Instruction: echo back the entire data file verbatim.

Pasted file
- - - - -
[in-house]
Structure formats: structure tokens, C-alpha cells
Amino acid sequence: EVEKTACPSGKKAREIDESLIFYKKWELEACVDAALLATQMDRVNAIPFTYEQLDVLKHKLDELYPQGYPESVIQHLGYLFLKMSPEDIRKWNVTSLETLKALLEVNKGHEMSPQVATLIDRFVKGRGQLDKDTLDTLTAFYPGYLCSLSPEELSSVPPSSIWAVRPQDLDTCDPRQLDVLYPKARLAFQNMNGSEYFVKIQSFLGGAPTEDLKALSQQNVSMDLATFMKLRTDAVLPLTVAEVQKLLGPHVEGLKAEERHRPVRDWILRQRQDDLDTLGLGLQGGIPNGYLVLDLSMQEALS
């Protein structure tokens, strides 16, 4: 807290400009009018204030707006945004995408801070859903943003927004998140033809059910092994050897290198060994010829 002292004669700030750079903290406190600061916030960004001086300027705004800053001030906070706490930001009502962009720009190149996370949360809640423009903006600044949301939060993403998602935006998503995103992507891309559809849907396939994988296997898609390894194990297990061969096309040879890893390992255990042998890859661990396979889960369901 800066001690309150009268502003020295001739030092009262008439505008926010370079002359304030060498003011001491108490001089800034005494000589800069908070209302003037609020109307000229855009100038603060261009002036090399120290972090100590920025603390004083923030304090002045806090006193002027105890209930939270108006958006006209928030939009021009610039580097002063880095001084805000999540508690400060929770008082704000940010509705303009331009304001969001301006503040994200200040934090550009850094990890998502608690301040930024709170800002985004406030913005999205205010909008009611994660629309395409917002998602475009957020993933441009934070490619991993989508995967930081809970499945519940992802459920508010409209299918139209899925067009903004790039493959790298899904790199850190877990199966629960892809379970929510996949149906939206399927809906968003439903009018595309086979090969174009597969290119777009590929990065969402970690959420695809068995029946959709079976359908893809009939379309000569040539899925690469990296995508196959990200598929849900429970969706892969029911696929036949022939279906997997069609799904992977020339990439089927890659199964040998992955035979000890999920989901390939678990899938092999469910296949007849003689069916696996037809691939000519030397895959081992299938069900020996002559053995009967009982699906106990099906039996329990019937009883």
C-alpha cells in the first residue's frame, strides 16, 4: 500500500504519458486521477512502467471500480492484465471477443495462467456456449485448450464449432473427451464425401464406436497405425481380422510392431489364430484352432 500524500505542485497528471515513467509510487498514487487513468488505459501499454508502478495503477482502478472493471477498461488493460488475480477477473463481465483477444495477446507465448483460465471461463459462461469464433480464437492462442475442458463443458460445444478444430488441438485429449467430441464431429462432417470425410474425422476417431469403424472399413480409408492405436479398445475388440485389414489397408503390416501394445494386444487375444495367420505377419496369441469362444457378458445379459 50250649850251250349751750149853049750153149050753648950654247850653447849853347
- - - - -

[in-house]
Structure formats: structure tokens, C-alpha cells
Amino acid sequence: EVEKTACPSGKKAREIDESLIFYKKWELEACVDAALLATQMDRVNAIPFTYEQLDVLKHKLDELYPQGYPESVIQHLGYLFLKMSPEDIRKWNVTSLETLKALLEVNKGHEMSPQVATLIDRFVKGRGQLDKDTLDTLTAFYPGYLCSLSPEELSSVPPSSIWAVRPQDLDTCDPRQLDVLYPKARLAFQNMNGSEYFVKIQSFLGGAPTEDLKALSQQNVSMDLATFMKLRTDAVLPLTVAEVQKLLGPHVEGLKAEERHRPVRDWILRQRQDDLDTLGLGLQGGIPNGYLVLDLSMQEALS
């Protein structure tokens, strides 16, 4: 807290400009009018204030707006945004995408801070859903943003927004998140033809059910092994050897290198060994010829 002292004669700030750079903290406190600061916030960004001086300027705004800053001030906070706490930001009502962009720009190149996370949360809640423009903006600044949301939060993403998602935006998503995103992507891309559809849907396939994988296997898609390894194990297990061969096309040879890893390992255990042998890859661990396979889960369901 800066001690309150009268502003020295001739030092009262008439505008926010370079002359304030060498003011001491108490001089800034005494000589800069908070209302003037609020109307000229855009100038603060261009002036090399120290972090100590920025603390004083923030304090002045806090006193002027105890209930939270108006958006006209928030939009021009610039580097002063880095001084805000999540508690400060929770008082704000940010509705303009331009304001969001301006503040994200200040934090550009850094990890998502608690301040930024709170800002985004406030913005999205205010909008009611994660629309395409917002998602475009957020993933441009934070490619991993989508995967930081809970499945519940992802459920508010409209299918139209899925067009903004790039493959790298899904790199850190877990199966629960892809379970929510996949149906939206399927809906968003439903009018595309086979090969174009597969290119777009590929990065969402970690959420695809068995029946959709079976359908893809009939379309000569040539899925690469990296995508196959990200598929849900429970969706892969029911696929036949022939279906997997069609799904992977020339990439089927890659199964040998992955035979000890999920989901390939678990899938092999469910296949007849003689069916696996037809691939000519030397895959081992299938069900020996002559053995009967009982699906106990099906039996329990019937009883």
C-alpha cells in the first residue's frame, strides 16, 4: 500500500504519458486521477512502467471500480492484465471477443495462467456456449485448450464449432473427451464425401464406436497405425481380422510392431489364430484352432 500524500505542485497528471515513467509510487498514487487513468488505459501499454508502478495503477482502478472493471477498461488493460488475480477477473463481465483477444495477446507465448483460465471461463459462461469464433480464437492462442475442458463443458460445444478444430488441438485429449467430441464431429462432417470425410474425422476417431469403424472399413480409408492405436479398445475388440485389414489397408503390416501394445494386444487375444495367420505377419496369441469362444457378458445379459 50250649850251250349751750149853049750153149050753648950654247850653447849853347